Sunday, July 24, 2016

Pharmceutical Companies Raping The US Taxpayer......

Pharmaceutical companies RAPING the US Tax payer.
You will not hear about this story on Fox News. You will not hear about this story from your Republican friends on Facebook. The ones who complain all day long about the outrages of Welfare for poor people.
Hannity will not do any segments on this story and neither will Bill Oreilly.
This particular corporate welfare happens because of George W Bush and the Republicans.
When private insurance companies pay for prescription drugs that price is negotiated. When Medicare Part D pays for prescription drugs the price it NOT negotiated.
That was the Republicans gift to the Pharmaceutical companies. All the free tax payer money they could want. Name any price at all and it will be paid for. You're welcome.
As a result the prices keep going up and up and up and up and up and up and up........
You get to pay for all of it.
The government is running out of money......But not free Corporate Welfare for Pharmaceutical companies. That money is always ready to go.
Now get back to watching Fox news. I am sure they have an entire panel of experts complaining about poor people.
The cost of Medicare's "catastrophic" prescription coverage jumped by 85 percent in three years, from $27.7 billion in 2013 to $51.3 billion in 2015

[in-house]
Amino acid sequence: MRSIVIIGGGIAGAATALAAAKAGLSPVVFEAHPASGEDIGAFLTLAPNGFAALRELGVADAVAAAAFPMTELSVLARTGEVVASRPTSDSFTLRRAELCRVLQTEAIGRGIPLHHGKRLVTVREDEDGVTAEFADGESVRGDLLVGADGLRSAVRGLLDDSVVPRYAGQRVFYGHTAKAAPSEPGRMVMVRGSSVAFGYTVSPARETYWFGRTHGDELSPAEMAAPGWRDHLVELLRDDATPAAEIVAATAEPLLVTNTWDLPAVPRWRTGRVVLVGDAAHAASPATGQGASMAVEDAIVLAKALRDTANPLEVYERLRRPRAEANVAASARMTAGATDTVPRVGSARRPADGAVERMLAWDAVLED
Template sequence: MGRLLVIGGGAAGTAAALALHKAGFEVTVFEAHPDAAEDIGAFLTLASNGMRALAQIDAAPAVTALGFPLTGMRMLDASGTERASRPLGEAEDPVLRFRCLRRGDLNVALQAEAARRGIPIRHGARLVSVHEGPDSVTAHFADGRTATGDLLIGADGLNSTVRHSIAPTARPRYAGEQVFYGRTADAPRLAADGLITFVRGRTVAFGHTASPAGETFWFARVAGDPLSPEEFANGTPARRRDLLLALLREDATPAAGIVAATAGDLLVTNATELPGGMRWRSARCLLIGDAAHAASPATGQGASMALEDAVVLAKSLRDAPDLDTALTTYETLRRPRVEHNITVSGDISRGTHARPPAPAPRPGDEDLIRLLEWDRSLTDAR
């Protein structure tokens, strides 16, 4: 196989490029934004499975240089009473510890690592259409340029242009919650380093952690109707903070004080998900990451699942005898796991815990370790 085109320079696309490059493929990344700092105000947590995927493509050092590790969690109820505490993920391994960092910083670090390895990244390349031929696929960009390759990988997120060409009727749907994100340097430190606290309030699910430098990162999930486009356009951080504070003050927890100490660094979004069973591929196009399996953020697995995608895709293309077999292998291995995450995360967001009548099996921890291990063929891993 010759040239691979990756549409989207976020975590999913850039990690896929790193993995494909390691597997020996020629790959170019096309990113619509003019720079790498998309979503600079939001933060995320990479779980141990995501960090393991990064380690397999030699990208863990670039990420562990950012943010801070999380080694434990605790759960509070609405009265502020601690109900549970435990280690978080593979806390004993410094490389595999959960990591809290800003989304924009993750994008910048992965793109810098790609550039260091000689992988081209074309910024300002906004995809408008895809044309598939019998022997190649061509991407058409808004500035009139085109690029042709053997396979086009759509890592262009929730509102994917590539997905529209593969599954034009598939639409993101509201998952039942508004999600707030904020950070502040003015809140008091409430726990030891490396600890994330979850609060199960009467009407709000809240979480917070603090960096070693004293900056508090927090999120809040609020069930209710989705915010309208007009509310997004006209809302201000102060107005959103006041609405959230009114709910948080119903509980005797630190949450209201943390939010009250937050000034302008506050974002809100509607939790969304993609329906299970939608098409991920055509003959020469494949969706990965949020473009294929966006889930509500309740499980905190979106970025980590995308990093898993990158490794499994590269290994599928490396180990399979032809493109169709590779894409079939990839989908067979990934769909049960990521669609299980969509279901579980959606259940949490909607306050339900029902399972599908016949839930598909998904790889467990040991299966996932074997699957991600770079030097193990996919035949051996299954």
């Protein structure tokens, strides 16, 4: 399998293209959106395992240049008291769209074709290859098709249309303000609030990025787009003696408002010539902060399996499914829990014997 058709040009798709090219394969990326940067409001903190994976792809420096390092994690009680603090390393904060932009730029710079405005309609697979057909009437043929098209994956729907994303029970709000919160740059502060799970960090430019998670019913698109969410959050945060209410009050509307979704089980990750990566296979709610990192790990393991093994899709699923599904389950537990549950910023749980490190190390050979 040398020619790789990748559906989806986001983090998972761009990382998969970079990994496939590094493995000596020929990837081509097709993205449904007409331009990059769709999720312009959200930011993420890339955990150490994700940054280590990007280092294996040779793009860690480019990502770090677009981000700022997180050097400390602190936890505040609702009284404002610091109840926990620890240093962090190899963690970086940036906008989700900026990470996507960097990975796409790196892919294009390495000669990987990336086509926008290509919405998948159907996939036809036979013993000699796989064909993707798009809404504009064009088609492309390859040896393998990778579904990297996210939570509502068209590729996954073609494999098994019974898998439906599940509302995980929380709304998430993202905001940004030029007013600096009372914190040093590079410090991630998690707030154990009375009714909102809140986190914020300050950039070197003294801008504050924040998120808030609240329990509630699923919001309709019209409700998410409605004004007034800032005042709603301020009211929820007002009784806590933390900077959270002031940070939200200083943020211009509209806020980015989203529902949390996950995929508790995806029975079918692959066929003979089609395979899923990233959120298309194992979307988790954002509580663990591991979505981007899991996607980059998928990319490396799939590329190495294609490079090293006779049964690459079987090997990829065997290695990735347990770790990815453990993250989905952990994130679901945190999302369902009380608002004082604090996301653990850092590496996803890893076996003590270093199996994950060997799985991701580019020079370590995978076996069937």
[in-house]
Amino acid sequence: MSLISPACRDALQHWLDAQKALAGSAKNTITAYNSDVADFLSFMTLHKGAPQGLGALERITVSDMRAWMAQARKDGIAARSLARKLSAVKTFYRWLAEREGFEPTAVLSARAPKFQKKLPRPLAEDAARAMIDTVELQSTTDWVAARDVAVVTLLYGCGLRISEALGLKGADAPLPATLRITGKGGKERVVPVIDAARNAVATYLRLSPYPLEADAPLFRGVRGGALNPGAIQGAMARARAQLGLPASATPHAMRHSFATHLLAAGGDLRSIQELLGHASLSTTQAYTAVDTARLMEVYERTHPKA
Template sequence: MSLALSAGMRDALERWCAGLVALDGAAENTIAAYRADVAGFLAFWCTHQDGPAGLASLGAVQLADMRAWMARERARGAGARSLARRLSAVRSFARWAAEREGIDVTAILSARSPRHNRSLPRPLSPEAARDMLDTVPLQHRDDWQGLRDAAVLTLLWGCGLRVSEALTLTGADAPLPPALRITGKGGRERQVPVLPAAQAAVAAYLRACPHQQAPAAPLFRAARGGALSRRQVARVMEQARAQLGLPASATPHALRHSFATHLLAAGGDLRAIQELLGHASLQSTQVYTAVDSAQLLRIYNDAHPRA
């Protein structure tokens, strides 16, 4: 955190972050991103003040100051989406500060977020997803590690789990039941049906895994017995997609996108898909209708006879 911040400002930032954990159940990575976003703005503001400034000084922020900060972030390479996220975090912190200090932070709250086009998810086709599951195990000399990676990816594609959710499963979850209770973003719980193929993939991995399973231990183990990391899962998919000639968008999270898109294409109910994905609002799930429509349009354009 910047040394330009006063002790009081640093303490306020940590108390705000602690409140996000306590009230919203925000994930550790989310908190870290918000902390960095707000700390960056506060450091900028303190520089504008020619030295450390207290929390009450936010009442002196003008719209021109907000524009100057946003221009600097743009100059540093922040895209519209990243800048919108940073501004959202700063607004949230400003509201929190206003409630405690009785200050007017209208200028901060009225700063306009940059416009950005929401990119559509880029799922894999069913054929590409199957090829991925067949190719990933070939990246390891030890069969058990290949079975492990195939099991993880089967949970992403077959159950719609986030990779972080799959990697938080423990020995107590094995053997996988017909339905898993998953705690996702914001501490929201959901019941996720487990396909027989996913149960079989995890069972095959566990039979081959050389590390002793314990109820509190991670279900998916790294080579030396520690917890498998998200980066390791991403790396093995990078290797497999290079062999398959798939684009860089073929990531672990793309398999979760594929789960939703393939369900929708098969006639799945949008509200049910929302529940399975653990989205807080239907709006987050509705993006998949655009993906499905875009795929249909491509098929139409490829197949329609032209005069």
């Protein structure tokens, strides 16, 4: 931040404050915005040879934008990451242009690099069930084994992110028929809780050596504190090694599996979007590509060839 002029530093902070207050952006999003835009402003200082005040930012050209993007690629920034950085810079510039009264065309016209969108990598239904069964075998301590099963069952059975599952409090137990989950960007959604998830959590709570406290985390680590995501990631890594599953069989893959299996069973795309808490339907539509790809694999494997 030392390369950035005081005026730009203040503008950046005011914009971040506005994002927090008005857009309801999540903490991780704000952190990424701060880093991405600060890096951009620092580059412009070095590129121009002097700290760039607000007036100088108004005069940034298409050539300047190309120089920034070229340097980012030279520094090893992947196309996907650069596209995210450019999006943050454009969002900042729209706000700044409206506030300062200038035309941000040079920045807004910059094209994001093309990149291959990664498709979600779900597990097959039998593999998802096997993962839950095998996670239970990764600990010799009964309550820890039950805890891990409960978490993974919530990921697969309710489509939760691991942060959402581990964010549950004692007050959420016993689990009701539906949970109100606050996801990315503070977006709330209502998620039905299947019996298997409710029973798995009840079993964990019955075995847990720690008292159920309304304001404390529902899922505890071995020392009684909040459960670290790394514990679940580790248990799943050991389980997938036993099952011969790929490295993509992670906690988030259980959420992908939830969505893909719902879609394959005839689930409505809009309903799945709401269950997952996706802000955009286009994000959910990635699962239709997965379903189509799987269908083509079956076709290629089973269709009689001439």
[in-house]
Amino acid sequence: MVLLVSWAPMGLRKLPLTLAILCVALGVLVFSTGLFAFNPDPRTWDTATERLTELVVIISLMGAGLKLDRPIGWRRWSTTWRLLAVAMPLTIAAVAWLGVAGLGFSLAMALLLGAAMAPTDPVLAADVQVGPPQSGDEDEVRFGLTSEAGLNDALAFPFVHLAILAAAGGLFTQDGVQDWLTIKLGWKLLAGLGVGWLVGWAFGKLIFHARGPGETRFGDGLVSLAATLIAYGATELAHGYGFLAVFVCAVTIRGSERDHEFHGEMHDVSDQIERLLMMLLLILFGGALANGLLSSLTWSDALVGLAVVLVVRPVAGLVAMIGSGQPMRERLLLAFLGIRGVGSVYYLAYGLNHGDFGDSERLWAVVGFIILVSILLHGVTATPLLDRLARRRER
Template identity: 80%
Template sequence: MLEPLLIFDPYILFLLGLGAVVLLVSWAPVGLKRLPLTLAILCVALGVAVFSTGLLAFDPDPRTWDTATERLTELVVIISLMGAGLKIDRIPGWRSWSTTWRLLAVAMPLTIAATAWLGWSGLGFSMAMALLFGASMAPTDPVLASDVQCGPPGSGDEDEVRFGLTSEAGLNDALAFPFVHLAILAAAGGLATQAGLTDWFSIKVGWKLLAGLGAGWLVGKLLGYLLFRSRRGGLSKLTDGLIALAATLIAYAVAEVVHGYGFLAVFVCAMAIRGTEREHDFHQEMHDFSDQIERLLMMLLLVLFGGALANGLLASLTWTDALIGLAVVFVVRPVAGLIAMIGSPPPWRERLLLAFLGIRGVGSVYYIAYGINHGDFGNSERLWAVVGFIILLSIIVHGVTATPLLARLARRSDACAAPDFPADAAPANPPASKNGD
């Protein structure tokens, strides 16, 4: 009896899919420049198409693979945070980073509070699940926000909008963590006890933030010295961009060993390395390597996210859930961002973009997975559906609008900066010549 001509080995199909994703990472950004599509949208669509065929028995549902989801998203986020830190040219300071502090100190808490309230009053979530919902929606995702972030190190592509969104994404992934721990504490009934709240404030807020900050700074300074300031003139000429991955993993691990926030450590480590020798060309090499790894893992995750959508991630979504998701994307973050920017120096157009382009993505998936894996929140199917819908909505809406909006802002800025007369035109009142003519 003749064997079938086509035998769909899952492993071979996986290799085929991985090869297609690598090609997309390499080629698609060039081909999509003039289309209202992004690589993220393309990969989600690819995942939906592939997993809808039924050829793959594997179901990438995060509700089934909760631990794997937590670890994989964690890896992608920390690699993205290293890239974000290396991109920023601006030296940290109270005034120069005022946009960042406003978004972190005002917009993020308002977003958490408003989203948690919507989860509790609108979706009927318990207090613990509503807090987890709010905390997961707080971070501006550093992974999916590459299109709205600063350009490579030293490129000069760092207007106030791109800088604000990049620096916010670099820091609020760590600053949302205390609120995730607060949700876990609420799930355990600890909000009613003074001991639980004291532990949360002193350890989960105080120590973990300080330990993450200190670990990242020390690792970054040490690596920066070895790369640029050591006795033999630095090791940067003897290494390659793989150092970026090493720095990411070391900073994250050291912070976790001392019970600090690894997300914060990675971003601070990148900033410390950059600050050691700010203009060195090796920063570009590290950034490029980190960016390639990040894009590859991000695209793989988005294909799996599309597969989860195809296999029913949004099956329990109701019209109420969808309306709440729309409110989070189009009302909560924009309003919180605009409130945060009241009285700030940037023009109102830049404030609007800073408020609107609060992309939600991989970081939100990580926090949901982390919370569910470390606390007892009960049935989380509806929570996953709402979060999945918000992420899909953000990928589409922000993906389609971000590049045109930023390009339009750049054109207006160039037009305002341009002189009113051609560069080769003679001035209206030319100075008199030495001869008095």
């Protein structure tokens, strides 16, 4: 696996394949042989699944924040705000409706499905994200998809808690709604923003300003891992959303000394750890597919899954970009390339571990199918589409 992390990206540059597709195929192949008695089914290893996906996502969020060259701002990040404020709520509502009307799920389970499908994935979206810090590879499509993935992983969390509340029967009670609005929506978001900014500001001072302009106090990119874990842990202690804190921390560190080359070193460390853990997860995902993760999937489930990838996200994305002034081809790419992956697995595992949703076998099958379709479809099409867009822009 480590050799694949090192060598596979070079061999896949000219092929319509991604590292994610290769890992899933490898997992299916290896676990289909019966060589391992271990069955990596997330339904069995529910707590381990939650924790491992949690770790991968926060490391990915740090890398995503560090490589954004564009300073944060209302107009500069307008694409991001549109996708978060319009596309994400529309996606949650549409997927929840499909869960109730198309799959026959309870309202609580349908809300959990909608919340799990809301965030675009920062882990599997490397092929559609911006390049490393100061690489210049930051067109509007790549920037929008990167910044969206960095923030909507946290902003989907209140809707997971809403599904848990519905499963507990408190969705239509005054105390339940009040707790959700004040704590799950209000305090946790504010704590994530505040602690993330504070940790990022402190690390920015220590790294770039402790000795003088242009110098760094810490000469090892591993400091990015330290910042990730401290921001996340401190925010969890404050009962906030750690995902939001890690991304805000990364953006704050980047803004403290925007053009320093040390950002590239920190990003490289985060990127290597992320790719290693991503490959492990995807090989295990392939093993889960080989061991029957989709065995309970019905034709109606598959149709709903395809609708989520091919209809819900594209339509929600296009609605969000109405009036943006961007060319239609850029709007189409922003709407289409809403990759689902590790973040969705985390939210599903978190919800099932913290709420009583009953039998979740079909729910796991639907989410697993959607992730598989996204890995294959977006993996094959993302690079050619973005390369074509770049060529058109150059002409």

Out of some 2,750 drugs covered by Medicare's Part D benefit, two pills for hepatitis C infection - Harvoni and Sovaldi - accounted for nearly $7.5 billion in catastrophic drug costs in 2015.
Lawmakers who created Part D in 2003 also hoped added protection would entice insurers to participate in the program. Medicare pays 80 percent of the cost of drugs above a catastrophic threshold that combines spending by the beneficiary and the insurer. That means taxpayers, not insurers, bear the exposure for the most expensive patients.
The FDA approved Sovaldi in Dec., 2013, and its $1,000-per-pill price quickly made headlines. A congressional investigation last year found that Gilead was focused on maximizing revenue, even as a company analysis showed that a lower price would allow more patients to be treated.
Gleevec, a breakthrough drug introduced in 2001 to treat leukemia, was ensconced as 5th among the top ten pricey medications, with more than $1 billion spent in 2015. That was a 54-percent increase from 2013. Drugmaker Novartis has been criticized for repeatedly hiking the price of Gleevec.
"If the numbers continue to increase like this each year, I worry about how much the taxpayers could afford," said Sen. Grassley, who plans to ask Medicare for explanations.
"It may be that some drug companies are taking advantage of government programs to maximize their market share, and we need to know whether that's the case," he added.
Catastrophic coverage will soon cost as much as the entire prescription program did when it launched, said Sen. Ron Wyden, D-Ore. "Congress can't continue to stand idle."
Experts say the rapid rise in spending for pricey drugs threatens to make the popular prescription benefit financially unsustainable.
"The incentive is to price it as high as they can," said Jim Yocum, senior vice president of Connecture, Inc., a company that tracks drug prices. Medicare is barred from negotiating prices, "so you max out your pricing and most of that risk is covered by the federal government."

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